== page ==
Pitchfork (Website) - "Taken as a suite of music on its own merits, VOLUME ONE flows rather seamlessly -- no small achievement....At any given point, it feels as if there are only a handful of sounds in the stereo field, and what at first comes off as a limited range slowly reveals itself as the opposite."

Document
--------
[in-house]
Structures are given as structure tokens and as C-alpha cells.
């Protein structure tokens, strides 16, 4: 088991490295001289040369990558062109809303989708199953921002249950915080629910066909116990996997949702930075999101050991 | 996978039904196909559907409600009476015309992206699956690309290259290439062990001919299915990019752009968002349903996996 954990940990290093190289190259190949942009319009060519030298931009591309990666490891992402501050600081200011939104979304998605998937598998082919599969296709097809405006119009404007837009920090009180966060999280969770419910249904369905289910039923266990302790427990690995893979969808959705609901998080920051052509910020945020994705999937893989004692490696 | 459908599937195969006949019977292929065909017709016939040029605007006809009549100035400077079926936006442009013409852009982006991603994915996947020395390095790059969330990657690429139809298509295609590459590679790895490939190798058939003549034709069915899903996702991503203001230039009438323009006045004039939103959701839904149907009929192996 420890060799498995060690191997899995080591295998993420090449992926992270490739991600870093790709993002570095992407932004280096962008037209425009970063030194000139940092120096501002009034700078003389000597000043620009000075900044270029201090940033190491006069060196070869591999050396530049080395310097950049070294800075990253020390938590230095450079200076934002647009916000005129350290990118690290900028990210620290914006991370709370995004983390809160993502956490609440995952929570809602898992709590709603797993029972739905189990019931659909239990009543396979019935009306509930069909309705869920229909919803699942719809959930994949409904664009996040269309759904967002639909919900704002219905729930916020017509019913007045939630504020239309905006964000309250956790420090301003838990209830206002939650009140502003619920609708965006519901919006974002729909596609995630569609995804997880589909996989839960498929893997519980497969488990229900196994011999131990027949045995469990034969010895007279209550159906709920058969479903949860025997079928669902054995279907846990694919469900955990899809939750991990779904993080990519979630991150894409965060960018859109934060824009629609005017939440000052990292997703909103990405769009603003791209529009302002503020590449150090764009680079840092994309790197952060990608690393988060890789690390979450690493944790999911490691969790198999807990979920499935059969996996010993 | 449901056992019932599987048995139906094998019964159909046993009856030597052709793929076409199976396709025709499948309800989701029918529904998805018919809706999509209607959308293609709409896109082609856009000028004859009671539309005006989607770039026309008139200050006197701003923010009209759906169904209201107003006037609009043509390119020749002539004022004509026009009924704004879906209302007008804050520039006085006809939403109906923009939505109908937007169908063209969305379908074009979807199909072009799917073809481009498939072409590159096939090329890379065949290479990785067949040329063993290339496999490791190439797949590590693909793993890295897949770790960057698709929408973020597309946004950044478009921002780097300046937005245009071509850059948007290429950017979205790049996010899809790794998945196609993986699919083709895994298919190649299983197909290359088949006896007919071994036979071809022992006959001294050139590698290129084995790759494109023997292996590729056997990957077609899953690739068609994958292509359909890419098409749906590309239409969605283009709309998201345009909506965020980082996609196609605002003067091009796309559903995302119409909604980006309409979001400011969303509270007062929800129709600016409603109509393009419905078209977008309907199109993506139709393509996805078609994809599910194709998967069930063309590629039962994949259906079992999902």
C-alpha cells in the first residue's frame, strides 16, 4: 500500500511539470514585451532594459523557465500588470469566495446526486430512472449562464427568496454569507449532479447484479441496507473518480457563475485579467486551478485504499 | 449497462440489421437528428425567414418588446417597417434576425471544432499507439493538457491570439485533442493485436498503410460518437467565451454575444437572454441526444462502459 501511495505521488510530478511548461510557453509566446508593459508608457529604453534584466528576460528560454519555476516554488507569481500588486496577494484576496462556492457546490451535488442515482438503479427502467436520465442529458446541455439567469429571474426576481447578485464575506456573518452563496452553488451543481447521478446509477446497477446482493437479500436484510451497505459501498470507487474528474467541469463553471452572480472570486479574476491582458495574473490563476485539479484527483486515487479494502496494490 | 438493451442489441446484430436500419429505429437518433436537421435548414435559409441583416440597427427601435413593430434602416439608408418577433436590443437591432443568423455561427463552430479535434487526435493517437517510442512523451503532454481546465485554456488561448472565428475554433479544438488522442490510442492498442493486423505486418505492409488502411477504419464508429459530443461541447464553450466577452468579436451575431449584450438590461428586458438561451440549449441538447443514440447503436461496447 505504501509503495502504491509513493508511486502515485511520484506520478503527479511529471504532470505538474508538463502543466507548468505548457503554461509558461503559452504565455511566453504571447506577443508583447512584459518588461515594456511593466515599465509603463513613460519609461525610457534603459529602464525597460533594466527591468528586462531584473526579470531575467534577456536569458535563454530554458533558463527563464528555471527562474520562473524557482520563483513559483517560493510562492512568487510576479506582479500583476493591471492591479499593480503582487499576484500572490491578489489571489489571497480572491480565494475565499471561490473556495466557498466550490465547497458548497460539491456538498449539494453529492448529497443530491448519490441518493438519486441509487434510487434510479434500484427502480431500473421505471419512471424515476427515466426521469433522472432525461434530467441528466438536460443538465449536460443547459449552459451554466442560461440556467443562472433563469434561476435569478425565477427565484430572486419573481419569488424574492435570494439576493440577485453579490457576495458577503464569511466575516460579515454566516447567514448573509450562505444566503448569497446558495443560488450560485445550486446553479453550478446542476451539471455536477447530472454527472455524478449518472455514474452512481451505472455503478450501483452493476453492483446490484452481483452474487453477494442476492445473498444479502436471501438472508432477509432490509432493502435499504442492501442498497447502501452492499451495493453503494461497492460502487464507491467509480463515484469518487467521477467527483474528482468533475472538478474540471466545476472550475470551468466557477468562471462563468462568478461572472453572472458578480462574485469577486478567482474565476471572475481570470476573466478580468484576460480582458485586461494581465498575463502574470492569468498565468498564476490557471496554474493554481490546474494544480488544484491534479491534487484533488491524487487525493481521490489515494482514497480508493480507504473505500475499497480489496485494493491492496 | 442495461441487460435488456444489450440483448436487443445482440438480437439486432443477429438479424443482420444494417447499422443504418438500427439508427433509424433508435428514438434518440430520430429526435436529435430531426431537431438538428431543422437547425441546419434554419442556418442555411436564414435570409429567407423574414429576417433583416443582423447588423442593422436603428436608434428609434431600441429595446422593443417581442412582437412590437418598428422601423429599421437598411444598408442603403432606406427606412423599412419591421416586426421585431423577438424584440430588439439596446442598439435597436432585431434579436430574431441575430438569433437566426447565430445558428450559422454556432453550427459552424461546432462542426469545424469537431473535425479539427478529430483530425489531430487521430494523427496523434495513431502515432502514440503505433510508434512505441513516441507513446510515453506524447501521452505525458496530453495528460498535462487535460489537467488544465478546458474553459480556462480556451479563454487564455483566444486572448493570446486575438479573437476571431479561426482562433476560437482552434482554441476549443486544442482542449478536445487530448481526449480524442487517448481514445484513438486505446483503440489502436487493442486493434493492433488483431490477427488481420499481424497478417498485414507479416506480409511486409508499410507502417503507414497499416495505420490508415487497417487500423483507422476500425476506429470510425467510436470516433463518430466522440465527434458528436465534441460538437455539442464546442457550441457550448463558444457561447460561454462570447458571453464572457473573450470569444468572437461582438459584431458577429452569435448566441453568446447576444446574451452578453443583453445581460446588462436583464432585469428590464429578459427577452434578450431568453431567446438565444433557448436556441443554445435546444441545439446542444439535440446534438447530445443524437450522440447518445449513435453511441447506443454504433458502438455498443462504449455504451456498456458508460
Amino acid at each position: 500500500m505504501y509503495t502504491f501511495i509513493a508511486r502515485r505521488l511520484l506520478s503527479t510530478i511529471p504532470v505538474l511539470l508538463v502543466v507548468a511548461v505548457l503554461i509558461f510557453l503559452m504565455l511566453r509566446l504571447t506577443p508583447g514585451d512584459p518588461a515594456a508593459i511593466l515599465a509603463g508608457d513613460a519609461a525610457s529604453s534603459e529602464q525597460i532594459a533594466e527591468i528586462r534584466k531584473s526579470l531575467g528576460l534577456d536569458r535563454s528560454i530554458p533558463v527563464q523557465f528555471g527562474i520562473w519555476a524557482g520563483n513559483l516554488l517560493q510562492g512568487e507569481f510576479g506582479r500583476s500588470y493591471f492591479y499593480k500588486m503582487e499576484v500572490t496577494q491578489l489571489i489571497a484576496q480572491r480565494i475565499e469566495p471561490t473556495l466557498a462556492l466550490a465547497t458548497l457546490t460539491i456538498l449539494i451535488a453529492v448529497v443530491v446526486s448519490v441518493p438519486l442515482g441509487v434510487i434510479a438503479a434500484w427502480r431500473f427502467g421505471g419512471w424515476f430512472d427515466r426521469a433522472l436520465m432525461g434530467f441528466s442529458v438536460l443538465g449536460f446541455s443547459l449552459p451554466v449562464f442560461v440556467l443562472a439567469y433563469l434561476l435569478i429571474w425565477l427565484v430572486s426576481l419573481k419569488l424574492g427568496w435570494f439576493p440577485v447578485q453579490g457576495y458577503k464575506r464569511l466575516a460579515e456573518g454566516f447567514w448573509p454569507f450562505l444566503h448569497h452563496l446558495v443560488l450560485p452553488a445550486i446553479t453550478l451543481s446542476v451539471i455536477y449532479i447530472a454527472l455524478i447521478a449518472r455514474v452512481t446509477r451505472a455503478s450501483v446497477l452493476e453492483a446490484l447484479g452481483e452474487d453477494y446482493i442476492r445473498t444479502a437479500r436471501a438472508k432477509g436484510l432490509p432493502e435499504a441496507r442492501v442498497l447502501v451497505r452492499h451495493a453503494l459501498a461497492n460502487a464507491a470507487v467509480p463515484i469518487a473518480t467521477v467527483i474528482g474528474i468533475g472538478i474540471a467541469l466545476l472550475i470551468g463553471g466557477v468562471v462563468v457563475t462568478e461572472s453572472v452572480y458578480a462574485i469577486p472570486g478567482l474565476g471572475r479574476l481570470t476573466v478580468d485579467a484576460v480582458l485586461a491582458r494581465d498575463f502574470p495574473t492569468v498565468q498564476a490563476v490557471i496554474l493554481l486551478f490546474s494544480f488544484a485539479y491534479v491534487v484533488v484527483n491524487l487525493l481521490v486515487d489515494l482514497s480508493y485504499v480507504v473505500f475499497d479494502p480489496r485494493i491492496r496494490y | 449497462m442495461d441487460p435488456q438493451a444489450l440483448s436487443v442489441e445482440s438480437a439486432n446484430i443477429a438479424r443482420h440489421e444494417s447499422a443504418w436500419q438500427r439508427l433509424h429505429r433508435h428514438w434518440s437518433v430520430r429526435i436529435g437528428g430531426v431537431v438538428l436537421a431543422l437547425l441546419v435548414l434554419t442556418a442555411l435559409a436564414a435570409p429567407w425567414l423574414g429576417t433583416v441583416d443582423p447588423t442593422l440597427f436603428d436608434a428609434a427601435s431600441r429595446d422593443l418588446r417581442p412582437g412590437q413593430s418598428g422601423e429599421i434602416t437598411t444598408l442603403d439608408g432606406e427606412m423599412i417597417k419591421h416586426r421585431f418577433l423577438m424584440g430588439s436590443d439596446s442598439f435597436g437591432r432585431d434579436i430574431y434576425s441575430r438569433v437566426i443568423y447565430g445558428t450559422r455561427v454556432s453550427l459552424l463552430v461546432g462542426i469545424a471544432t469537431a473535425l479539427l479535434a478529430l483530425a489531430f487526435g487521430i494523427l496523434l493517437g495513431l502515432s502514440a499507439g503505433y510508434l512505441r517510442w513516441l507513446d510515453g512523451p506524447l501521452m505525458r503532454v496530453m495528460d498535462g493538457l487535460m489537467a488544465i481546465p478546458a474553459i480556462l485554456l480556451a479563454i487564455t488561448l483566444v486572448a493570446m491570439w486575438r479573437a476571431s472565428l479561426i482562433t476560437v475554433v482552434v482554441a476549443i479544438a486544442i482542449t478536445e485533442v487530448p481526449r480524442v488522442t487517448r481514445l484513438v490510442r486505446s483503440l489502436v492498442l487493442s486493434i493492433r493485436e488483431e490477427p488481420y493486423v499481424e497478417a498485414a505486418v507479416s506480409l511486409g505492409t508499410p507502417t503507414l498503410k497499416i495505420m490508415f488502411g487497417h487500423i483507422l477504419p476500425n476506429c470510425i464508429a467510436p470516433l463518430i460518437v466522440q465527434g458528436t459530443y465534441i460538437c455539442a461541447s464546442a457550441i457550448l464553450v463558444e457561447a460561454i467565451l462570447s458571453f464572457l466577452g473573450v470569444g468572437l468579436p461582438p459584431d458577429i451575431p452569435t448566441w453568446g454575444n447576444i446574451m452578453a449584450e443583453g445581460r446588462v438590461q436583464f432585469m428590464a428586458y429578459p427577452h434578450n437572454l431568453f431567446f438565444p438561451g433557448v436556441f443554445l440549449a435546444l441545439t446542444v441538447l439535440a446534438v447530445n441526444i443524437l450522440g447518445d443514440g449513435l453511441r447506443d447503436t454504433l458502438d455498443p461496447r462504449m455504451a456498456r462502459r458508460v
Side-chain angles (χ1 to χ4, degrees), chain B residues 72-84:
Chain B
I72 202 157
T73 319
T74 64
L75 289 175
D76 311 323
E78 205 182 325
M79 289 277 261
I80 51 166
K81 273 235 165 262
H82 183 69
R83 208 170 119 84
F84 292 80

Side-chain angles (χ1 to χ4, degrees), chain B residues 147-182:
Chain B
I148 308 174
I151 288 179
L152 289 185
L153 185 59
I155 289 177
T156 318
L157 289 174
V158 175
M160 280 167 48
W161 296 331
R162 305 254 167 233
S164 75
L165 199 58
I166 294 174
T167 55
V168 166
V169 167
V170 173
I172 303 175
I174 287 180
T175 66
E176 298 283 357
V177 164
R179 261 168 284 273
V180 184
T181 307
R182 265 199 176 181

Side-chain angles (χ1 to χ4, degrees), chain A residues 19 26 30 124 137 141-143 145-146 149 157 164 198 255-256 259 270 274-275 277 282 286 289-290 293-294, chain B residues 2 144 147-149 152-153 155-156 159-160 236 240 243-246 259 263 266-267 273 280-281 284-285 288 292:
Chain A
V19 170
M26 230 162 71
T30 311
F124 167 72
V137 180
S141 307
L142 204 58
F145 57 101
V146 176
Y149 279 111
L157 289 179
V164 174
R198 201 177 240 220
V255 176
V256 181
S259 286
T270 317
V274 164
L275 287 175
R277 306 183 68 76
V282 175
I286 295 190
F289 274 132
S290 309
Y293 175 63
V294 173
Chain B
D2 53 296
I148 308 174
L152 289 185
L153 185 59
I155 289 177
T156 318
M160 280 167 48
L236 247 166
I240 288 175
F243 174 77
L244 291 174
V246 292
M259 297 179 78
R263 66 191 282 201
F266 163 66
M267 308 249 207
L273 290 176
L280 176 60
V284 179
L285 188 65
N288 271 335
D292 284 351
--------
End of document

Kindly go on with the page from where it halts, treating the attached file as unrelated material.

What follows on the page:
It's no secret that Stranger Things has been receiving widespread acclaim. It also seems to have been a while since a series soundtrack has received such a grand if not equal amount of praise as its visual counterpart. Composers Kyle Dixon and Michael Stein (known for being members of synth outfit S U R V I V E) landed the job after the show's producers used some of their tracks as temp pieces and the duo responded with a series of musical vignettes designed for the show itself. Vol. 1, while seemingly standing as an aural love letter to artists such as John Carpenter, Jean-Michel Jarre, and Tangerine Dream, is also a unique piece of work that pays homage to its influences while wholeheartedly caring about the story it's soundtracking. Beginning with the show's theme, its thudding percussion is resident throughout, with arpeggiated synth chords sitting among bright bursts of synthesized bass and sinister choral effects, perfectly encapsulating the feel of '80s sci-fi and horror adventures. "Kids" is undoubtedly a highlight, if not for its beautiful chord progressions then certainly for its multitude of synth sounds, enveloping the imagination and sense of adventure held within the show's central protagonists. Something evident throughout Vol. 1 is its ability to define its characters with tracks made up of bracing melodies. Examples are "Eleven," a stripped-down piece with a glockenspiel-esque melody set against swirling effects, and "A Kiss," encapsulating youth with its bittersweet and romantic chord sequence alongside soft, pulsating synth pads, akin to the work of Giorgio Moroder and Equinoxe-era Jarre. Whereas these tracks are character- and theme-driven, the other side of this score is atmospheric. What is impressive here is that Dixon and Stein have not predictably evoked a sense of peril with gloomy drone pieces, but rather opted for the route of creating texture without overdoing it, managing to find the sound of danger within something that ultimately translates as ethereal and, if anything, more melancholy than menacing. It's with these pieces that you suddenly find yourself forgetting about the frequent nostalgia flagged up in discussions of Stranger Things, and you begin to experience a genuinely decent electronic album with atmosphere, as opposed to just a sci-fi soundtrack. That's not to say that Dixon and Stein don't know how to present the sound of horror; "The Upside Down" begins somewhat neutrally emotive and lethargic with some enticing ambience, the sort of sound you would expect on a track by Hammock -- until it quickly U-turns into some intimidating menace as a sharp synth stab plays repeatedly over chilling strings, building to a crescendo that's carried by some furious drum hits. "Castle Byers" is another highlight, made up of ever-rising strings and distant, reverberated pads which then transform into an almost celestial organ-like sound. While the show itself is clear about its influences, its soundtrack manages to do this too, while ultimately culminating as an in-depth and invigorating piece of atmospheric electronic music. ~ Rob Wacey